(1848 - 1936)
Francis O’Neill was born in Tralibane, near Bantry in County Cork, on August 28, 1848. His family was musical, and in his home district music, song and dance were the popular recreations. O’Neill left home at sixteen, became a cabin boy on a ship and traveled the world. After being shipwrecked on Baker Island in the Pacific, his expertise on the flute earned him extra food from a member of the ship’s crew that rescued him. He was landed at San Francisco, and worked as a shepherd in the Sierra Nevada mountains and a teacher in Missouri before coming to Chicago in 1870.
O’Neill joined the Chicago police department in July 1873 and was shot in his first month on patrol; the bullet remained with him for the rest of his life. He gradually rose in rank within the department, and eventually became Chief of Police, from 1901 to 1905, with a budget of $3,500,000 and a force of 3,300 men.
But Chief O’Neill´s passion was Irish music. He was involved in the foundation of the Irish Music Club in Chicago in 1901 and sometimes secured jobs for his fellow musicians on the police force. With the help of his music scribe, James O’Neill from Co. Down, he collected Irish music and music information in nine important books that were published between 1903 and 1924. These books are still a main source for Irish traditional dance tunes today, and the biographical information compiled in his 1913 book Irish Minstrels and Musicians is a who’s who of early Irish music history.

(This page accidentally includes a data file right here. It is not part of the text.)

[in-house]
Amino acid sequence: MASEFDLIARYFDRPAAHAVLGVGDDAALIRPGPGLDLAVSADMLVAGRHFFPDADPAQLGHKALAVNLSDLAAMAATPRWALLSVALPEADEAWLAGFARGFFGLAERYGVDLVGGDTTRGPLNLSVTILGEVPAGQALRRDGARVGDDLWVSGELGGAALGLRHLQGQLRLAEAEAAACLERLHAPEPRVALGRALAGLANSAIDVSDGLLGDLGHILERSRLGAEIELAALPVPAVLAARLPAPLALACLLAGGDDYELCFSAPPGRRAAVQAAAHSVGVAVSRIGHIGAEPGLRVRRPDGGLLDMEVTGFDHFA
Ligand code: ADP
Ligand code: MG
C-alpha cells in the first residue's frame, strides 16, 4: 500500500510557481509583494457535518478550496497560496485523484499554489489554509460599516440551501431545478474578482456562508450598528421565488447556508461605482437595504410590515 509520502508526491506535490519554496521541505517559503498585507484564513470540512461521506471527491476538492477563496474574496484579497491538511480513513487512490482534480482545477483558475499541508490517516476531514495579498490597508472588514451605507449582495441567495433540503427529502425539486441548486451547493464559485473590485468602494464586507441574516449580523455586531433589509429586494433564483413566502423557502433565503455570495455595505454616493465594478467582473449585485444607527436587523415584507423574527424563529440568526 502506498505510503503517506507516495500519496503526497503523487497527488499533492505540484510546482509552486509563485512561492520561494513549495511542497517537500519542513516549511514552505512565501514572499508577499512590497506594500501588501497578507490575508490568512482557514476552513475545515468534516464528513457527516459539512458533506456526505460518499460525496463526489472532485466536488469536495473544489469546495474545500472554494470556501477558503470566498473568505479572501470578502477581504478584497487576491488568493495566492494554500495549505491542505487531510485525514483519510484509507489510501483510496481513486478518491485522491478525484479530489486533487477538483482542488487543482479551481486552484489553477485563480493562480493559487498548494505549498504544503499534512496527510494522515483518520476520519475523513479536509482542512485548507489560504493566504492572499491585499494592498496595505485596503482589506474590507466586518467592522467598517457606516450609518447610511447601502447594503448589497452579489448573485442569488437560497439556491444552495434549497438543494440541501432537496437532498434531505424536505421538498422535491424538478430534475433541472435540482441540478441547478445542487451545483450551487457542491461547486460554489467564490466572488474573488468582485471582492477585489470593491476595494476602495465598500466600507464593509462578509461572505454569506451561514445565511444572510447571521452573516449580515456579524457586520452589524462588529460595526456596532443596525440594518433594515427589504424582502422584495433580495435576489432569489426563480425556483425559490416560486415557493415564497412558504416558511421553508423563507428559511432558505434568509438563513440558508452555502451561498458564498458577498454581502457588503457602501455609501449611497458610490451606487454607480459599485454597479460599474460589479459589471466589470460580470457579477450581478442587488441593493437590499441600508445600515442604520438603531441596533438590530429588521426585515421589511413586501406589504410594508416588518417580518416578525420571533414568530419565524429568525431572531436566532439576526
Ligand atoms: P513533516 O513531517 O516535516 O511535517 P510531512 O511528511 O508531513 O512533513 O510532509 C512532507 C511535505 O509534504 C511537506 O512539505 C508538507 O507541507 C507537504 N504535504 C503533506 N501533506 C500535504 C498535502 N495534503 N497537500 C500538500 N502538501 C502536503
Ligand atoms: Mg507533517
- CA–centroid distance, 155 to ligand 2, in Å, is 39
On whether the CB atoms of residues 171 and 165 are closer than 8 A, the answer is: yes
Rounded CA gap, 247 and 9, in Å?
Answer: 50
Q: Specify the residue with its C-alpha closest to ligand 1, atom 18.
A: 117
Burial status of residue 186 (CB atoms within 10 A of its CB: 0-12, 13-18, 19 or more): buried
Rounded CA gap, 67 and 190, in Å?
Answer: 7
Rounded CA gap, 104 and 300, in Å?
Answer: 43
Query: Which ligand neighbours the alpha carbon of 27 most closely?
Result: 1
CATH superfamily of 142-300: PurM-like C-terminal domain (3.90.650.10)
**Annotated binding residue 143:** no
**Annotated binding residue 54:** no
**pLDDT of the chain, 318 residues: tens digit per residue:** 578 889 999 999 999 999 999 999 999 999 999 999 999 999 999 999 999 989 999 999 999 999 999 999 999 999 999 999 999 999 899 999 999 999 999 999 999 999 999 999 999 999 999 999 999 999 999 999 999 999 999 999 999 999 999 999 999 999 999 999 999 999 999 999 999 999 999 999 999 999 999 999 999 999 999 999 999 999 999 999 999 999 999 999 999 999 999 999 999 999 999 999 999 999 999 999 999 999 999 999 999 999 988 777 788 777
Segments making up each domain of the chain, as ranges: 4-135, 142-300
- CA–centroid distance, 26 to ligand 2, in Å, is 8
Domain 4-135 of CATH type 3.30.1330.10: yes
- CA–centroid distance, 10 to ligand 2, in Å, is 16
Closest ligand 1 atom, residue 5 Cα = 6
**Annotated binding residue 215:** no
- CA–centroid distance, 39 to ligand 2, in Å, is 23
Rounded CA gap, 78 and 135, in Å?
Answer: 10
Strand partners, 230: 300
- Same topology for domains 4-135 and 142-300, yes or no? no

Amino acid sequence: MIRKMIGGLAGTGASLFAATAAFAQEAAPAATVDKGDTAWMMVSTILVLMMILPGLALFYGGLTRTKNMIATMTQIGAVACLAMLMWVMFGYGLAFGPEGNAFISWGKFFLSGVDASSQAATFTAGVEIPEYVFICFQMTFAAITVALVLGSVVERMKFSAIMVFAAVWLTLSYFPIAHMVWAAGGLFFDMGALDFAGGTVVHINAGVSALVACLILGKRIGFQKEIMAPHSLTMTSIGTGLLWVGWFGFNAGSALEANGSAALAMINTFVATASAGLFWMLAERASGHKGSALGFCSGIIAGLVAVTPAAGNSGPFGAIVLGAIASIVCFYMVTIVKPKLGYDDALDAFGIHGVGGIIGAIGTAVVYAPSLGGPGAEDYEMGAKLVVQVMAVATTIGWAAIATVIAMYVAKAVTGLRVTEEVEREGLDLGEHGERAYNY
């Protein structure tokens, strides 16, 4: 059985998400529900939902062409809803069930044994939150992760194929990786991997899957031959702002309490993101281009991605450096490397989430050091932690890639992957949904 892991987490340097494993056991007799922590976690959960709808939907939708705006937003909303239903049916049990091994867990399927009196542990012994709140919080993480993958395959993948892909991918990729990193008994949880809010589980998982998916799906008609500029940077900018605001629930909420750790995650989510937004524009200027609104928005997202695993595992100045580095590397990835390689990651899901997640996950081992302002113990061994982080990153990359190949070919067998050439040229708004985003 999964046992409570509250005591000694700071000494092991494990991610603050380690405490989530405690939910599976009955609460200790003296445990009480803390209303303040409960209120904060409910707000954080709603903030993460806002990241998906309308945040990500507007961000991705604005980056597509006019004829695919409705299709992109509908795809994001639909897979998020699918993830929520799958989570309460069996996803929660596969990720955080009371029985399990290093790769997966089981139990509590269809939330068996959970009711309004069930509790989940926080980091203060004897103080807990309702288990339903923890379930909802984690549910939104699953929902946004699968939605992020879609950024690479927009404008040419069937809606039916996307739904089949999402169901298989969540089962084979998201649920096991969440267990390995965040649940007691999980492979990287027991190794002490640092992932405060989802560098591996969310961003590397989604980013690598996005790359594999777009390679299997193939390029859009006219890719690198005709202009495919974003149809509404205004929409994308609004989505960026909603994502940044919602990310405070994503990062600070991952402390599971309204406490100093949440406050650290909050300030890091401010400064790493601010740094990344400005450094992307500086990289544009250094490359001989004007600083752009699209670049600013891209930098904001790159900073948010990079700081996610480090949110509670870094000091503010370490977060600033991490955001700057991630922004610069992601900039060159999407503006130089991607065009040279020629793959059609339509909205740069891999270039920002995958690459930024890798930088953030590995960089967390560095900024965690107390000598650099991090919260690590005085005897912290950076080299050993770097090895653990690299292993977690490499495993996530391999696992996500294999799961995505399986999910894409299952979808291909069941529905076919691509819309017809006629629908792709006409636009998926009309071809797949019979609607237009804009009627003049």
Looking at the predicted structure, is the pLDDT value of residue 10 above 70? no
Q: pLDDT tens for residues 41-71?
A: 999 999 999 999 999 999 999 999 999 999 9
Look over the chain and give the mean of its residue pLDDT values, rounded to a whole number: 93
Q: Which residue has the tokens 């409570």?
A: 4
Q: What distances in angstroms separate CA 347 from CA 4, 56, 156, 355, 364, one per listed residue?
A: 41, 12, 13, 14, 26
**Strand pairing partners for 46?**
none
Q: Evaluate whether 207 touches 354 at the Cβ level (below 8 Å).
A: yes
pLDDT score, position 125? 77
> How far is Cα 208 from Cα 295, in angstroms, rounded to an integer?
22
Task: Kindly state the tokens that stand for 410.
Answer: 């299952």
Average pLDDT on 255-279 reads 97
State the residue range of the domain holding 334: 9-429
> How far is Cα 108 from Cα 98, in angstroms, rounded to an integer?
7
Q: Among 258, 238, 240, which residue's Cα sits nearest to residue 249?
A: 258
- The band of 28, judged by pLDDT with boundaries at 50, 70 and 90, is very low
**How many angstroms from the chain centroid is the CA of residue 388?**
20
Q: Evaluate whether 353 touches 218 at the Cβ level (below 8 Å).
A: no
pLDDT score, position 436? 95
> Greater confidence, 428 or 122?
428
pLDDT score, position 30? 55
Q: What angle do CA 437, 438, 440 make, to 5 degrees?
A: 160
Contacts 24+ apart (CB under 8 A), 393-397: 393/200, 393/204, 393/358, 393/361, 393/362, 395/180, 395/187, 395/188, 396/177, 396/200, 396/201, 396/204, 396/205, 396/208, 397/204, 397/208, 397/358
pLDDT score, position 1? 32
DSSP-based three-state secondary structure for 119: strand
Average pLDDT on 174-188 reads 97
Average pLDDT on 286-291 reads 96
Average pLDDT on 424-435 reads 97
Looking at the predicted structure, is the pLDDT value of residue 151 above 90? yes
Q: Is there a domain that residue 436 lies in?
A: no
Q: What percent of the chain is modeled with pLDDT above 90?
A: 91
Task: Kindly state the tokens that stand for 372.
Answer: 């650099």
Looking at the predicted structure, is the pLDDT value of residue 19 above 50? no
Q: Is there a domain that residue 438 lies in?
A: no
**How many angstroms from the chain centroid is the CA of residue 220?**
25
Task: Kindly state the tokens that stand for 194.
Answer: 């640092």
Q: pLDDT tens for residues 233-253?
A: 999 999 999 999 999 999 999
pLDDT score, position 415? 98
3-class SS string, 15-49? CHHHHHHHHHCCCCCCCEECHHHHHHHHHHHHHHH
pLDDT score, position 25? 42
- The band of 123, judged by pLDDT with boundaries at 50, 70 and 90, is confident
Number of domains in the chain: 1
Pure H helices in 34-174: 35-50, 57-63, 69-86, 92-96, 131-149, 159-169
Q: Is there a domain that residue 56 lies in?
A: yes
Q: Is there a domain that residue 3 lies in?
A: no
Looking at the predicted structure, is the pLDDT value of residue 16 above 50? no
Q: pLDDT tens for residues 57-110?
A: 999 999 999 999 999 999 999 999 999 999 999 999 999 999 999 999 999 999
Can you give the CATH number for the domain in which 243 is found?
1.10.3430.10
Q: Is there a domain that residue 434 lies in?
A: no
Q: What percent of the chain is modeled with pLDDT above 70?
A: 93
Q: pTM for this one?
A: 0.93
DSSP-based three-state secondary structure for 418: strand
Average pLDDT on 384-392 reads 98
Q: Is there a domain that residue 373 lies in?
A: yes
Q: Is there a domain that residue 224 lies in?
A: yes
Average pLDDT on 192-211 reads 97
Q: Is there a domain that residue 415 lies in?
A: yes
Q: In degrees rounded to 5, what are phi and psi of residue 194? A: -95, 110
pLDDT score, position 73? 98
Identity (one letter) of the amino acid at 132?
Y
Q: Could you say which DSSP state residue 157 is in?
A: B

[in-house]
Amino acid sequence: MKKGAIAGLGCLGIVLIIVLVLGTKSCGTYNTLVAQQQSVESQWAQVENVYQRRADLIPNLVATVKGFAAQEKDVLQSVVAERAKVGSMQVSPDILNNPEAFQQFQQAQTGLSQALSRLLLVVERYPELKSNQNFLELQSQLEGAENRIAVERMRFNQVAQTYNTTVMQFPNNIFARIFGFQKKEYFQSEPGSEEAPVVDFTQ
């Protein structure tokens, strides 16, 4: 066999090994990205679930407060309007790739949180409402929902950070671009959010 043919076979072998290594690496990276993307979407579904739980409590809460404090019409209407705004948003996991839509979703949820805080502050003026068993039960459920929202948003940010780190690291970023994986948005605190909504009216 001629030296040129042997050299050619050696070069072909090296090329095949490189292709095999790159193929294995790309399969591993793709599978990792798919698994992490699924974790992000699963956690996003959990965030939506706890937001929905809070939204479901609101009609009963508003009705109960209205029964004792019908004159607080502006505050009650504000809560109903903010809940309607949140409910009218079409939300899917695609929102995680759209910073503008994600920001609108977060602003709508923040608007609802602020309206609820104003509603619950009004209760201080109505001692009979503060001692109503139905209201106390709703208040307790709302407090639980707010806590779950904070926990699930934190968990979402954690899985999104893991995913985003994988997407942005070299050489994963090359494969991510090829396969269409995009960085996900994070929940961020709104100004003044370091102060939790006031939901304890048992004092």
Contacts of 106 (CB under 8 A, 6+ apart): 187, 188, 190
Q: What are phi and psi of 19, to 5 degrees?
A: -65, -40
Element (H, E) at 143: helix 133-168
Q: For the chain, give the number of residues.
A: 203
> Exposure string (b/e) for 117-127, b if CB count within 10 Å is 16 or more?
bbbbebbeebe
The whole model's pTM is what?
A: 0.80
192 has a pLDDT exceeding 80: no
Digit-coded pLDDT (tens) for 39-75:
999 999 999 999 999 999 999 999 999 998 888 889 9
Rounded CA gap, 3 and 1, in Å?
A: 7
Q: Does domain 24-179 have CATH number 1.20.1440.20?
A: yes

Today Francis O’Neill is revered as the savior of a great deal of Ireland´s musical heritage, to a greater degree than he could have imagined during his later years in Chicago when Irish Americans, in an effort to assimilate, were turning away from Irish music towards American popular music. However Francis O’Neill’s Chicago publications will forever remain a foundation source for Irish traditional music world-wide, and for information about it. With the addition of the Dunn Family Collection at the Ward Irish Music Archives (WIMA), we are provided with a little more insight into this great man.